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feature By: Jason Brooks | January, 19
My brother-in-law Michael shut off his truck as we sat and waited for daylight at a turn-around on a logging road that had been blocked with a dirt berm. It was Sunday morning, the final day of Washington’s four-day blacktail season in mid-November. I had been invited along for a last chance to fill my deer tag on this annual hunt with Michael and his buddies. Nearly 20 years ago, we were all young and without kids.
The “camp” consisted of a circle of trailers, some ATVs, big four-wheel-drive trucks and late nights of poker and spirits; not exactly my favorite way of hunting, and though I felt like an outcast most of the weekend, I had a good excuse to go to bed early because I was fighting a severe head cold. As we waited for the sun to light up the overcast sky, I just could not sit any longer. I told Michael I was going to walk out the rest of the road as he waited to look over the clear-cut where we had parked.
I remember the door to his truck making a distinct, rusty-squelching sound as I opened it and tried to close it quietly, something common from old 4x4s that sit outside in rain-soaked western Washington. Snow had fallen during the night, and as daylight appeared the flakes continued to get larger and fall more frequently. A few hundred yards from the truck, the old road turned to the left and I came out to the edge of another clear cut. The sky was light enough then that I could see as far as the fog and snowflakes would let me, and I immediately saw a doe standing at the edge of the cut. As I glassed it, I found a nice buck laying behind a stump. All I could see was its head sticking over the top, looking down at me. I laid my rifle across some slash and settled the crosshairs just above the buck’s forehead as I estimated the shot to be 200 yards, which is a bit farther than I had sighted-in for. After squeezing off the shot, neither deer moved. I tried again, this time hitting the stump right in front of the buck, and both took off running. I learned some very valuable lessons on my first late-season blacktail hunt.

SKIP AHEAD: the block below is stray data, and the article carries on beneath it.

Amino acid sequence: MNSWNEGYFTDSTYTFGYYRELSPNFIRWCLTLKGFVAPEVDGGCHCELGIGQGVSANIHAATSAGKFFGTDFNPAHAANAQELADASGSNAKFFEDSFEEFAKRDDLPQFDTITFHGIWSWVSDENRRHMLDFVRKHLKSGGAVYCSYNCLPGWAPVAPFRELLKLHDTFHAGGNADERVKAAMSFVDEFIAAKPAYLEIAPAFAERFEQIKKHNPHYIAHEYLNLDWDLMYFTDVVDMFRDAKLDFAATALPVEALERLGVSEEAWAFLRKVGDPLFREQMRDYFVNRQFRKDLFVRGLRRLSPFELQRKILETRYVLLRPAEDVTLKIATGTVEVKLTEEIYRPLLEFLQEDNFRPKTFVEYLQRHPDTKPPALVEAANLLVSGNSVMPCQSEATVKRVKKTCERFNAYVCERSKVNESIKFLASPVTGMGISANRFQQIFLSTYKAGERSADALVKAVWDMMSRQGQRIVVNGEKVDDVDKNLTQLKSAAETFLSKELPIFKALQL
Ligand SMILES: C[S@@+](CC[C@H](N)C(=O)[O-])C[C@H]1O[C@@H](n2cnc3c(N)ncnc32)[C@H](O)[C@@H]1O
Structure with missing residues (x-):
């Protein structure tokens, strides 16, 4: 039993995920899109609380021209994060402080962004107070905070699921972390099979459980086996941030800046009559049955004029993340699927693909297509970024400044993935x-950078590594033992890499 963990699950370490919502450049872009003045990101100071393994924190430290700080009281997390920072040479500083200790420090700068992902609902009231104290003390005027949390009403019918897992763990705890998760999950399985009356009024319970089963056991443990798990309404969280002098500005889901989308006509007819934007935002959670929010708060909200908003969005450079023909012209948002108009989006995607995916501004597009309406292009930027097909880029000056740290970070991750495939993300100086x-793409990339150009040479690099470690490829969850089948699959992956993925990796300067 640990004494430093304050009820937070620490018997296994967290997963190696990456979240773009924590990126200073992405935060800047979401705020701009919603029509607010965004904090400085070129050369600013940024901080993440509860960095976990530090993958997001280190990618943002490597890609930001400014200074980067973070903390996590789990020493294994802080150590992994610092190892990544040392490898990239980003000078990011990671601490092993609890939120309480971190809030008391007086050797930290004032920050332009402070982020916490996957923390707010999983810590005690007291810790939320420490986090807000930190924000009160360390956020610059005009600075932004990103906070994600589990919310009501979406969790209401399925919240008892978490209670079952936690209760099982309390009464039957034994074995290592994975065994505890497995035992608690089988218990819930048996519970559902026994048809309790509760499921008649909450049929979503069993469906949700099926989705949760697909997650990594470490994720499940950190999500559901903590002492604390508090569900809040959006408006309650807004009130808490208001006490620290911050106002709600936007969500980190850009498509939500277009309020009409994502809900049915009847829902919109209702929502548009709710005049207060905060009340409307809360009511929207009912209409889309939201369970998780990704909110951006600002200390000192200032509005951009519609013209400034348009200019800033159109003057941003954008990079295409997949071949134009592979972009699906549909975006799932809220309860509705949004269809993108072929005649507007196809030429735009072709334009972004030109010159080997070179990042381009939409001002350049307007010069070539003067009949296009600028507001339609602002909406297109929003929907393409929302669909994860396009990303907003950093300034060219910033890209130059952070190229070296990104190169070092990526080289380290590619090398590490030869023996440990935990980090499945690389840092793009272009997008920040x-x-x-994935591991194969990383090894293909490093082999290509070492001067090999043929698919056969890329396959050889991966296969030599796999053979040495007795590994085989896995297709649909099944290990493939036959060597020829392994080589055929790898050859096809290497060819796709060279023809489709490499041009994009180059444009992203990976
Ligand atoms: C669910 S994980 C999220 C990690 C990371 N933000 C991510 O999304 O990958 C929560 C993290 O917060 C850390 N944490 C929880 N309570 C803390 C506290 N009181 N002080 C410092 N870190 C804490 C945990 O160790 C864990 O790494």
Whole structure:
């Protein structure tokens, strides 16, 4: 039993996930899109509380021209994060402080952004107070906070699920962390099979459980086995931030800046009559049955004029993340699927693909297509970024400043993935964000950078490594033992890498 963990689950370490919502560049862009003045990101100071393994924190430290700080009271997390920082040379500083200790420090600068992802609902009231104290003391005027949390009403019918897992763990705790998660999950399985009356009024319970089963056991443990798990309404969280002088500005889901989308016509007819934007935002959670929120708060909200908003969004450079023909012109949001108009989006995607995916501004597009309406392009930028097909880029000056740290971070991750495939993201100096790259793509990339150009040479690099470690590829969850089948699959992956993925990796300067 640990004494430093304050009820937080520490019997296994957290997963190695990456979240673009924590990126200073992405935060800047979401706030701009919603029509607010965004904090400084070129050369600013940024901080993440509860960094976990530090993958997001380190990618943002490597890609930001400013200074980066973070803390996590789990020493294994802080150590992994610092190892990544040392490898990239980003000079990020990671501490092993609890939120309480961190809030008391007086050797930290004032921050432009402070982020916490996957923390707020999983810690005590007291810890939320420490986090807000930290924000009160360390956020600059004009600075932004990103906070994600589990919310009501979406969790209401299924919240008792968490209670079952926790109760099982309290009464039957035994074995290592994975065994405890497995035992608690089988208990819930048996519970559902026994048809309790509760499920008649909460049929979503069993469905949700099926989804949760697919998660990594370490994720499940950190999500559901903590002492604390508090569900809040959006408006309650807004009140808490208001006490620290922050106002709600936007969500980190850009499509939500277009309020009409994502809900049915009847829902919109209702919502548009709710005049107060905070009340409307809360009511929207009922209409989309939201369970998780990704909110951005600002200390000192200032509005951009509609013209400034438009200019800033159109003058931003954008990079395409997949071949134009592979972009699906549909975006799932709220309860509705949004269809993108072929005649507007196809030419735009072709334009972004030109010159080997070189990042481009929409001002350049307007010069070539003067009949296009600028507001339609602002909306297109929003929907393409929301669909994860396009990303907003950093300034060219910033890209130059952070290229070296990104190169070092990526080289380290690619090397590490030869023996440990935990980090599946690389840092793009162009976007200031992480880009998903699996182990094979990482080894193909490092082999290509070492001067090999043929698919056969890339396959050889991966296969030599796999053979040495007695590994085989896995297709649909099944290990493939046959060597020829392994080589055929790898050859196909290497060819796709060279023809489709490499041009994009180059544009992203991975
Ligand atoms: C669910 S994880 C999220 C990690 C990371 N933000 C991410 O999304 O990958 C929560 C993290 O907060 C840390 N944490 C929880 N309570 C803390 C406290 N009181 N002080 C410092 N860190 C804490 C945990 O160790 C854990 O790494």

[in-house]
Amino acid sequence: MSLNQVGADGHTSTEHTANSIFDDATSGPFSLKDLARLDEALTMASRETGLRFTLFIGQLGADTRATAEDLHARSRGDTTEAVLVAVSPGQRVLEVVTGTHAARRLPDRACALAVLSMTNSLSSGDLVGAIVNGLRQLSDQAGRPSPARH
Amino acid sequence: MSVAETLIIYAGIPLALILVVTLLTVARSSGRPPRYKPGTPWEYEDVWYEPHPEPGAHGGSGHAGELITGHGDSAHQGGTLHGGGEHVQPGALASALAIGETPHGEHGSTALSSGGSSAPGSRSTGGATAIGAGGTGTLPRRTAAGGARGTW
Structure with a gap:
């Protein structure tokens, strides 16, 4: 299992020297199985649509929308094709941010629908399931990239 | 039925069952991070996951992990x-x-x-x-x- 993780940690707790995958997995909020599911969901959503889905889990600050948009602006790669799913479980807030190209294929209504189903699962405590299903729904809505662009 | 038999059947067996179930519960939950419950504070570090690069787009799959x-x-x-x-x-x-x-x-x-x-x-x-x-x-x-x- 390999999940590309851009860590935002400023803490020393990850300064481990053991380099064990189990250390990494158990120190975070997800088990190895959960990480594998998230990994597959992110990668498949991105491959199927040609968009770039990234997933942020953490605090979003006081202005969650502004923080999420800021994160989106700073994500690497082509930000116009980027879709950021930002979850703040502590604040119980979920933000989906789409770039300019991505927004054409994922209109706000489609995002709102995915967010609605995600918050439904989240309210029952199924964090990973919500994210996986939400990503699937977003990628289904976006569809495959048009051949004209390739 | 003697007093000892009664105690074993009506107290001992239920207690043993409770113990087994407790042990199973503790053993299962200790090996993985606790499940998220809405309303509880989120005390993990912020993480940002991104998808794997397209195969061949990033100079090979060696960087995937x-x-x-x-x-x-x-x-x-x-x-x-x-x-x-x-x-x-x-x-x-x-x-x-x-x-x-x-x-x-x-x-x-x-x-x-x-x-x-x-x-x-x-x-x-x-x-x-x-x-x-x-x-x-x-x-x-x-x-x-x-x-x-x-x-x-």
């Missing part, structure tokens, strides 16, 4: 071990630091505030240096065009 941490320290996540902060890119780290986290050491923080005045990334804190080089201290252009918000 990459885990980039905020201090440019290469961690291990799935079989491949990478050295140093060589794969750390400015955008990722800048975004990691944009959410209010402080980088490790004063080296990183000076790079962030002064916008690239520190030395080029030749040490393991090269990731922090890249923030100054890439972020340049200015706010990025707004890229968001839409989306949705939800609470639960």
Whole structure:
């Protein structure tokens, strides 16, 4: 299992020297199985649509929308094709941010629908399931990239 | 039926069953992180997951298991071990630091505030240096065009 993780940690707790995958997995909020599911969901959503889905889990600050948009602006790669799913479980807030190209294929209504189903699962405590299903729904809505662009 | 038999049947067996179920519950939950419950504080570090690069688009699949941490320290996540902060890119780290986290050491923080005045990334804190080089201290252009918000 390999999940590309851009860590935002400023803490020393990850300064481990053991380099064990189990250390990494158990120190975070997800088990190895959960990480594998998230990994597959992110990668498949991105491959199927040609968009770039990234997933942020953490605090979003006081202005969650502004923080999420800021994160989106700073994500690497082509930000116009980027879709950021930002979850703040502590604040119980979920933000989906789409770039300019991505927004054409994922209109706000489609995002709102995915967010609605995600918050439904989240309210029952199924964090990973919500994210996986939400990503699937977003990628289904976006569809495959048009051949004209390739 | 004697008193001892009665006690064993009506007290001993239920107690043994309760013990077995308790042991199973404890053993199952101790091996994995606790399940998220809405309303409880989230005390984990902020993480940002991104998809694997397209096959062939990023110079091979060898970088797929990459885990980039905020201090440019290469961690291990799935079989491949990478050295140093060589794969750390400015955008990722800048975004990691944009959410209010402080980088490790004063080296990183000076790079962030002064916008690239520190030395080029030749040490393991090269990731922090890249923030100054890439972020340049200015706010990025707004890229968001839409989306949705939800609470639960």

First, Columbia blacktails can be a bit smaller in size than the mule deer I was used to, giving the impression that they might be a bit farther away than they really are. Second, trying to estimate yardage both uphill and in the fog during a snowstorm can hinder proper judgment. Third is that the deer, bucks and does, are in full rut during this magical weekend season in November.
As I walked up to the deer’s bed to make sure of a clean miss on both shots, I only counted 70 yards. Since that first experience, I have come to anticipate the late season with just as much excitement as I do for the opener in October.